Drought-hit tea crop leaves Kenya thirsty for foreign currency
Factories in key tea-growing areas in southwestern Kenya are scaling back operations as hot, dry weather cuts deliveries by more than half, according to the government’s Kenya Tea Development Agency.
The amount of tea sold at the world’s largest auction of the leaves in Mombasa last week dropped by 27% from a year earlier.
“The weaker foreign exchange receipts are, the more pressure the currency may well find itself under,” Jeff Gable, the head of macro- and fixed-income research at the Barclays Africa Group, said this week. “Falling tea prices are one part of the puzzle.”
Tea was introduced to the country’s highlands in 1903 by British settlers. The Mombasa auction, which sells tea from at least 12 African countries to buyers as far afield as Afghanistan and Russia, and the Colombo tea auction in Sri Lanka are the world’s two biggest.
The Kenyan shilling is forecast to weaken by about 2.5% over the next year to 94.4 to the dollar, Gable said.
The currency eased 0.1% to 92.15 per dollar this week, after earlier falling to its lowest rate since November 2011. Over the past six months, the shilling has declined 3.7% against the dollar, compared with a 2.1% drop in the value of the Sri Lankan rupee.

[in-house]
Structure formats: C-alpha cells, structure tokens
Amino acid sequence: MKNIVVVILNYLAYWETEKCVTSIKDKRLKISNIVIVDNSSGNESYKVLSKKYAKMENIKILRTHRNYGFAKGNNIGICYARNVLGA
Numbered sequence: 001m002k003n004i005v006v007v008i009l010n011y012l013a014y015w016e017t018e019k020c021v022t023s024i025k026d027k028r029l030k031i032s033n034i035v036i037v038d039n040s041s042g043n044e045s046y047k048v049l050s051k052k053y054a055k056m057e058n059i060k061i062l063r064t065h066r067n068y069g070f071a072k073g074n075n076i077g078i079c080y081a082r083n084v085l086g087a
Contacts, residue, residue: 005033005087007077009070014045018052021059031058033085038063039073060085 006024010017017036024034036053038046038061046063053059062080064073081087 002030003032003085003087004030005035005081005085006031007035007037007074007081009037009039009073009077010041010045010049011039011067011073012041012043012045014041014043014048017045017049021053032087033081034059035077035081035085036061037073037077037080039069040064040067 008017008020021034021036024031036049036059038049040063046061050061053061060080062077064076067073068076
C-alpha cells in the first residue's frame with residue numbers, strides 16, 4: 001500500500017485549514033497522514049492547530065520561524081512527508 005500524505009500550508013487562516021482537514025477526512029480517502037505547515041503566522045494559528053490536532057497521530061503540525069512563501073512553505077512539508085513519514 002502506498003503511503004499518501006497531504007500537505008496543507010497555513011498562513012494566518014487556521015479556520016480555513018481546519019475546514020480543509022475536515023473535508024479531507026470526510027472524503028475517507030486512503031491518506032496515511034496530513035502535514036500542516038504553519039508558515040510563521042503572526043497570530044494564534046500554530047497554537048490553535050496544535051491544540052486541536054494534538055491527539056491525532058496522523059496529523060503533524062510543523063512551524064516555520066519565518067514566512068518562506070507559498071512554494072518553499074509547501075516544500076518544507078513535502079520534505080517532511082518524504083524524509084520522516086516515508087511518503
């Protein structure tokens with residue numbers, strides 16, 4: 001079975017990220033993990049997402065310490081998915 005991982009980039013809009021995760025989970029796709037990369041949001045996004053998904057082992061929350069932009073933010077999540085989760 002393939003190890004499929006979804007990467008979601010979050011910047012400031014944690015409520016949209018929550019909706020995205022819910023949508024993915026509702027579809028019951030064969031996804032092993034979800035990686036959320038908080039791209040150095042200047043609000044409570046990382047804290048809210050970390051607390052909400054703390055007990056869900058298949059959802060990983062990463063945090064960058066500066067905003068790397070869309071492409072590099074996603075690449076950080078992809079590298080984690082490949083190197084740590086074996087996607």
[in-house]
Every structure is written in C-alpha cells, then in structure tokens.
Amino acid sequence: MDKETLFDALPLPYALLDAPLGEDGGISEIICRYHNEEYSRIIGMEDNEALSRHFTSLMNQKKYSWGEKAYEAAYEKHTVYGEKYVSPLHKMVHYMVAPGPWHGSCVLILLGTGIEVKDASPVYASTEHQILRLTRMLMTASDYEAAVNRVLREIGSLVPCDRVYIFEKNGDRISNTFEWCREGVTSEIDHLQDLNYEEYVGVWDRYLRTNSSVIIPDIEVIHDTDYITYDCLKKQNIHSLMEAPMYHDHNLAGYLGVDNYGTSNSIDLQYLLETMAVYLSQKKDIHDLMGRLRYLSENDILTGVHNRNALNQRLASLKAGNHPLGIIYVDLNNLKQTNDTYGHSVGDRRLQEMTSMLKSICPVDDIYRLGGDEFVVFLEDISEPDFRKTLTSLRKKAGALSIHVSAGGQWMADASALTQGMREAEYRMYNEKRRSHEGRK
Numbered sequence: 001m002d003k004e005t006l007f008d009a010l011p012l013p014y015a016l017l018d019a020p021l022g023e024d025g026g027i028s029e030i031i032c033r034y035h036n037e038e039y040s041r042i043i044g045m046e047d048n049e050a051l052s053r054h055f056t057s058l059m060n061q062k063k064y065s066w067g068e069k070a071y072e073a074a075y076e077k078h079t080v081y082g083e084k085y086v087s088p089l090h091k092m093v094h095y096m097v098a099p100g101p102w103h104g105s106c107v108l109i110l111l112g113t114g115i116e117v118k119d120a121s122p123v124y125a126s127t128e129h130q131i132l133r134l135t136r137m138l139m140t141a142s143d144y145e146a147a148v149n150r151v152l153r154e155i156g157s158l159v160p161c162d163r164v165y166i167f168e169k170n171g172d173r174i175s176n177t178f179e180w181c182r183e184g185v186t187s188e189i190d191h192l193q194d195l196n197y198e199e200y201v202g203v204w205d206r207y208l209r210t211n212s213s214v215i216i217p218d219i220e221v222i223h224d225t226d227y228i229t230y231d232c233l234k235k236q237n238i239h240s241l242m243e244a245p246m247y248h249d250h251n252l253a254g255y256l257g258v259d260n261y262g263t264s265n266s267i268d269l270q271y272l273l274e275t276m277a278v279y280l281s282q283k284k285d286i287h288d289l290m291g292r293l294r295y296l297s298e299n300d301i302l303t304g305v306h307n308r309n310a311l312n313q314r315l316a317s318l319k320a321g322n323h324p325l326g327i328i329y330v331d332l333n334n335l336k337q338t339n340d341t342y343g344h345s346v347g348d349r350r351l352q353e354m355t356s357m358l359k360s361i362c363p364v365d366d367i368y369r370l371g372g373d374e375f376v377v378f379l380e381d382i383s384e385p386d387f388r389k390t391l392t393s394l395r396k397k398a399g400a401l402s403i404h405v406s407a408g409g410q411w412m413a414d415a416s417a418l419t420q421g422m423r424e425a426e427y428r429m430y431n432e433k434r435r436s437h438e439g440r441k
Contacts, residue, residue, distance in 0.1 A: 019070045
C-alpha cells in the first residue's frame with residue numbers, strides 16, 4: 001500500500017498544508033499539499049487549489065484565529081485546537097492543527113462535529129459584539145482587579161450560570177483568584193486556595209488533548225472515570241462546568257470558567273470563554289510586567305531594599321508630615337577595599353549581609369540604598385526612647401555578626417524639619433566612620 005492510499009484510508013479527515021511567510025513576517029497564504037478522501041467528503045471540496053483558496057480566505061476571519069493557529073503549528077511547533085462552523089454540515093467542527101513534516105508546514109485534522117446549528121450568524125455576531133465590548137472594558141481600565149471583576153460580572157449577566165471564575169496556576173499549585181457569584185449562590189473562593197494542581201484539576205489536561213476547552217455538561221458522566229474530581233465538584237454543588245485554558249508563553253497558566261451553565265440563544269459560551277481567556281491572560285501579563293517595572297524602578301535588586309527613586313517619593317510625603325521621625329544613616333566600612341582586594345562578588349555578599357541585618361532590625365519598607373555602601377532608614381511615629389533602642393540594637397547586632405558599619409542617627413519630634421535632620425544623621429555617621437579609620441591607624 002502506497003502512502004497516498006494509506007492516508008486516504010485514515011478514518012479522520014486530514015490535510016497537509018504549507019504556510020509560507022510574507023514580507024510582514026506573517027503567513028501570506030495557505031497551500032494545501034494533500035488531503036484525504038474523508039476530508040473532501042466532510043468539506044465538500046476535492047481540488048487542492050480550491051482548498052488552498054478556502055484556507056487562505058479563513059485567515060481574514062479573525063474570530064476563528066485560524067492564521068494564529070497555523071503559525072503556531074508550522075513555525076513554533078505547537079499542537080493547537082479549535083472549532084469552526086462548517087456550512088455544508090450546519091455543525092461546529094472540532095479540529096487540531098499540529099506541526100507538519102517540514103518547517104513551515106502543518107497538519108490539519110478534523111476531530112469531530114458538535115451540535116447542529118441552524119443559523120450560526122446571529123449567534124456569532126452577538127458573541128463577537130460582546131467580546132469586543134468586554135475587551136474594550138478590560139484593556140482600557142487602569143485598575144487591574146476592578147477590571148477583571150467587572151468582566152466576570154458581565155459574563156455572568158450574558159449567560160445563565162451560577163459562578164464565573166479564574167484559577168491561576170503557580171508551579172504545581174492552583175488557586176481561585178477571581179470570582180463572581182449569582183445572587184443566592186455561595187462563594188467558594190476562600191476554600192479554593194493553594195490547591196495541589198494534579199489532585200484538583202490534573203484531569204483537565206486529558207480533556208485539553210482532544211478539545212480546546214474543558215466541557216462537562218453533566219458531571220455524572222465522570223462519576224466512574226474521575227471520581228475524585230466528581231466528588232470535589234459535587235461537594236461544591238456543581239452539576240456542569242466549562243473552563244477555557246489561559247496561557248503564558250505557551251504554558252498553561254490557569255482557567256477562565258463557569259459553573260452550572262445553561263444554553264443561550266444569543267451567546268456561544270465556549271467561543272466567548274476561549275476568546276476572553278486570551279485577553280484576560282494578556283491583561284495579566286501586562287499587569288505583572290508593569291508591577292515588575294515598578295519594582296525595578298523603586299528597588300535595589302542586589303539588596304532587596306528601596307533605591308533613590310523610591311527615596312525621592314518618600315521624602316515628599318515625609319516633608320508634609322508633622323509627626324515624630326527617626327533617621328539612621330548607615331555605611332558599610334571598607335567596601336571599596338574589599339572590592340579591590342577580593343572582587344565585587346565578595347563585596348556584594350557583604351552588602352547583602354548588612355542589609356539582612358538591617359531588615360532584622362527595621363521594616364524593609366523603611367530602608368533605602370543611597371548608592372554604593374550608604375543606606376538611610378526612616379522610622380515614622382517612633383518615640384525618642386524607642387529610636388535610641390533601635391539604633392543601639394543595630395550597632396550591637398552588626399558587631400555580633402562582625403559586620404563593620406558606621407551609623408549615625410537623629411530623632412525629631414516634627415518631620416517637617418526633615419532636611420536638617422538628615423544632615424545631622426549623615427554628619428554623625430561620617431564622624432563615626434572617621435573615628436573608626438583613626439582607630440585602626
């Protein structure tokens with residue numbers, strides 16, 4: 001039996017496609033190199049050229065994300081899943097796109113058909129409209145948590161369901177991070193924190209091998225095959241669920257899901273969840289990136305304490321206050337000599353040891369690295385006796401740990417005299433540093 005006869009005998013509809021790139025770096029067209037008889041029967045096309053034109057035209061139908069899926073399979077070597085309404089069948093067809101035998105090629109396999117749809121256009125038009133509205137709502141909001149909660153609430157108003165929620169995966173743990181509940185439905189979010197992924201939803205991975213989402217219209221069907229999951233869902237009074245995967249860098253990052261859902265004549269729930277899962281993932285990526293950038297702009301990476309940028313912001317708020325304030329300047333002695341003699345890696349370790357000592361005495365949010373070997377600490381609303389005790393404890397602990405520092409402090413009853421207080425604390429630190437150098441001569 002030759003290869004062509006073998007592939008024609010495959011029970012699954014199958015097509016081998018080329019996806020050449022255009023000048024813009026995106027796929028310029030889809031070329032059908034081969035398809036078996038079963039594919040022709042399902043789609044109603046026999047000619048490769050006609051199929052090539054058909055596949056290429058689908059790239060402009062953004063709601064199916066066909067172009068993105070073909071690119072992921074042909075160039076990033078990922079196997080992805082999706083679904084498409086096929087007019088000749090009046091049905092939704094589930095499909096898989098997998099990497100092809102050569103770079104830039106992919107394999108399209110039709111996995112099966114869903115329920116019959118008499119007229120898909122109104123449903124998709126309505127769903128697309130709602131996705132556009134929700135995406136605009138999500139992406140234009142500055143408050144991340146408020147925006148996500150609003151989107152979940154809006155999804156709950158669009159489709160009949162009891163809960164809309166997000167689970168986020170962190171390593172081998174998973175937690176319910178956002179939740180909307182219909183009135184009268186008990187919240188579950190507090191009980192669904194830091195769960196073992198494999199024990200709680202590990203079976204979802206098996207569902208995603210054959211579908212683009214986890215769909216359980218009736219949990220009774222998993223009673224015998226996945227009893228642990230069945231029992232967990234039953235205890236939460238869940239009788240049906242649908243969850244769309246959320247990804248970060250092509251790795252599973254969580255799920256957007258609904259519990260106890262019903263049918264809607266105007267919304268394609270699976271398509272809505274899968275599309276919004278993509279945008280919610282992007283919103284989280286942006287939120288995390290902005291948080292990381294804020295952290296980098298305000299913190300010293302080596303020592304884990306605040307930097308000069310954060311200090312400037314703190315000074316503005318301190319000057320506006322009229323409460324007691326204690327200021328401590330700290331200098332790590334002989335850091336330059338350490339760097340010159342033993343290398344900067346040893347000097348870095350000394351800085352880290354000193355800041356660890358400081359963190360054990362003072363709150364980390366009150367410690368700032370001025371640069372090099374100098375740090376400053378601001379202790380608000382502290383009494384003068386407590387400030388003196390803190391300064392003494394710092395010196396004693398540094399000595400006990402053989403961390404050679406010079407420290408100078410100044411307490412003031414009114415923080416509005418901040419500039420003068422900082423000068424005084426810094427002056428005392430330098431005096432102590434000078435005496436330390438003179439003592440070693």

Tea exports earned Kenya $1.03-billion last year, National Bureau of Statistics data shows. Kenya’s foreign exchange earnings have also been curtailed by a drop in tourism because of “terrorist attacks” that have killed 361 people since September 2013, according to the risk consultancy Verisk Maplecroft. Tourism earns the country about $1-billion a year.
Agriculture accounts for a quarter of Kenya’s $55-billion economy and its growth is expected to rise to 6% this year from 5.4% last year because of lower global oil prices, the World Bank said this month.
“Longer-term prospects for the currency are becoming more challenging with tea production faltering,” Gareth Brickman, an analyst at ETM Analytics, said last week. “While the dip in expected supply is supporting prices, decreasing export volumes will counteract this.”
Tea auction prices are 24% higher than last year and leaves sold at this week’s sale averaged $2.57 a kilogram, according to Tea Brokers East Africa. The total amount sold was 5.41-million kilograms.
Prices may climb in May because, even if it rains in April, which has been predicted by the Kenya meteorological department, this won’t have an immediate impact on the crop.
“Despite efforts by the government to put in place technology such as irrigation, a large portion of farming is still dependent on rain,” Maureen Kirigua, a research analyst at Sterling Capital, said.
“Reduced rainfall will have a significant impact on output and that will be reflected on overall economic growth.” – Bloomberg, with assistance from Joseph Burite in Mombasa